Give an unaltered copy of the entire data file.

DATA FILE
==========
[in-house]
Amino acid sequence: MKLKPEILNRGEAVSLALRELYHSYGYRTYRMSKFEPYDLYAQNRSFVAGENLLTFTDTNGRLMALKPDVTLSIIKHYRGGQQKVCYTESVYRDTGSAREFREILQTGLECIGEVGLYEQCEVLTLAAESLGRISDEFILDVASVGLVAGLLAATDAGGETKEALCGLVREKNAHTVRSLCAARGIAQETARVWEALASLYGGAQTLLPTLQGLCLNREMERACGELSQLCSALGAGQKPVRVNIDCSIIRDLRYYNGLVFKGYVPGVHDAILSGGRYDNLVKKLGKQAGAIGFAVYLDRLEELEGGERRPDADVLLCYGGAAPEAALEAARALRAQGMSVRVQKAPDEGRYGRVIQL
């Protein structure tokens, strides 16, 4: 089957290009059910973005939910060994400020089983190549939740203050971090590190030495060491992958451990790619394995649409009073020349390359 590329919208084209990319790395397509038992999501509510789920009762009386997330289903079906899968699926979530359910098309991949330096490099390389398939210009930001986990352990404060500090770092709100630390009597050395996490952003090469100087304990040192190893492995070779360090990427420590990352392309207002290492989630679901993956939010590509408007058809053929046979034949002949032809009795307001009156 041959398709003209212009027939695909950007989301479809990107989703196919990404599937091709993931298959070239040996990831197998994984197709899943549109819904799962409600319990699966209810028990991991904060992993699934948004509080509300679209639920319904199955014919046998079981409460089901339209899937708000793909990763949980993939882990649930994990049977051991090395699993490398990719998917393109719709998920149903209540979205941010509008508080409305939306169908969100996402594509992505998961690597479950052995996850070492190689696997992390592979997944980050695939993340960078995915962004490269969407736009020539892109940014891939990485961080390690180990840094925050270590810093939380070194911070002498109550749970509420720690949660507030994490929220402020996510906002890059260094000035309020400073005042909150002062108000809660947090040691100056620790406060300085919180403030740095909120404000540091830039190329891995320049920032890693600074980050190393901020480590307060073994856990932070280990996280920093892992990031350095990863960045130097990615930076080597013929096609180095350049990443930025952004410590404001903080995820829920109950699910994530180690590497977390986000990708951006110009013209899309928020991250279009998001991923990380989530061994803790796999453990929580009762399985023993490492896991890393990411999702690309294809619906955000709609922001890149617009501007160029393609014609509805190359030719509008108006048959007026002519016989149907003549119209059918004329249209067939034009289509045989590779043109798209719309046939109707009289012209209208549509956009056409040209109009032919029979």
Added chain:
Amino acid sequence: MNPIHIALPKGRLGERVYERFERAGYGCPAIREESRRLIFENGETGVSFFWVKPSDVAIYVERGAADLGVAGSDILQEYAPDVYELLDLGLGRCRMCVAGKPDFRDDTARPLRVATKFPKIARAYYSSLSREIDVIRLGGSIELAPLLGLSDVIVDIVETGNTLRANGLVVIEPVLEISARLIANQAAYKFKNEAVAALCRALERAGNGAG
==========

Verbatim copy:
[in-house]
Amino acid sequence: MKLKPEILNRGEAVSLALRELYHSYGYRTYRMSKFEPYDLYAQNRSFVAGENLLTFTDTNGRLMALKPDVTLSIIKHYRGGQQKVCYTESVYRDTGSAREFREILQTGLECIGEVGLYEQCEVLTLAAESLGRISDEFILDVASVGLVAGLLAATDAGGETKEALCGLVREKNAHTVRSLCAARGIAQETARVWEALASLYGGAQTLLPTLQGLCLNREMERACGELSQLCSALGAGQKPVRVNIDCSIIRDLRYYNGLVFKGYVPGVHDAILSGGRYDNLVKKLGKQAGAIGFAVYLDRLEELEGGERRPDADVLLCYGGAAPEAALEAARALRAQGMSVRVQKAPDEGRYGRVIQL
């Protein structure tokens, strides 16, 4: 089957290009059910973005939910060994400020089983190549939740203050971090590190030495060491992958451990790619394995649409009073020349390359 590329919208084209990319790395397509038992999501509510789920009762009386997330289903079906899968699926979530359910098309991949330096490099390389398939210009930001986990352990404060500090770092709100630390009597050395996490952003090469100087304990040192190893492995070779360090990427420590990352392309207002290492989630679901993956939010590509408007058809053929046979034949002949032809009795307001009156 041959398709003209212009027939695909950007989301479809990107989703196919990404599937091709993931298959070239040996990831197998994984197709899943549109819904799962409600319990699966209810028990991991904060992993699934948004509080509300679209639920319904199955014919046998079981409460089901339209899937708000793909990763949980993939882990649930994990049977051991090395699993490398990719998917393109719709998920149903209540979205941010509008508080409305939306169908969100996402594509992505998961690597479950052995996850070492190689696997992390592979997944980050695939993340960078995915962004490269969407736009020539892109940014891939990485961080390690180990840094925050270590810093939380070194911070002498109550749970509420720690949660507030994490929220402020996510906002890059260094000035309020400073005042909150002062108000809660947090040691100056620790406060300085919180403030740095909120404000540091830039190329891995320049920032890693600074980050190393901020480590307060073994856990932070280990996280920093892992990031350095990863960045130097990615930076080597013929096609180095350049990443930025952004410590404001903080995820829920109950699910994530180690590497977390986000990708951006110009013209899309928020991250279009998001991923990380989530061994803790796999453990929580009762399985023993490492896991890393990411999702690309294809619906955000709609922001890149617009501007160029393609014609509805190359030719509008108006048959007026002519016989149907003549119209059918004329249209067939034009289509045989590779043109798209719309046939109707009289012209209208549509956009056409040209109009032919029979």
Added chain:
Amino acid sequence: MNPIHIALPKGRLGERVYERFERAGYGCPAIREESRRLIFENGETGVSFFWVKPSDVAIYVERGAADLGVAGSDILQEYAPDVYELLDLGLGRCRMCVAGKPDFRDDTARPLRVATKFPKIARAYYSSLSREIDVIRLGGSIELAPLLGLSDVIVDIVETGNTLRANGLVVIEPVLEISARLIANQAAYKFKNEAVAALCRALERAGNGAG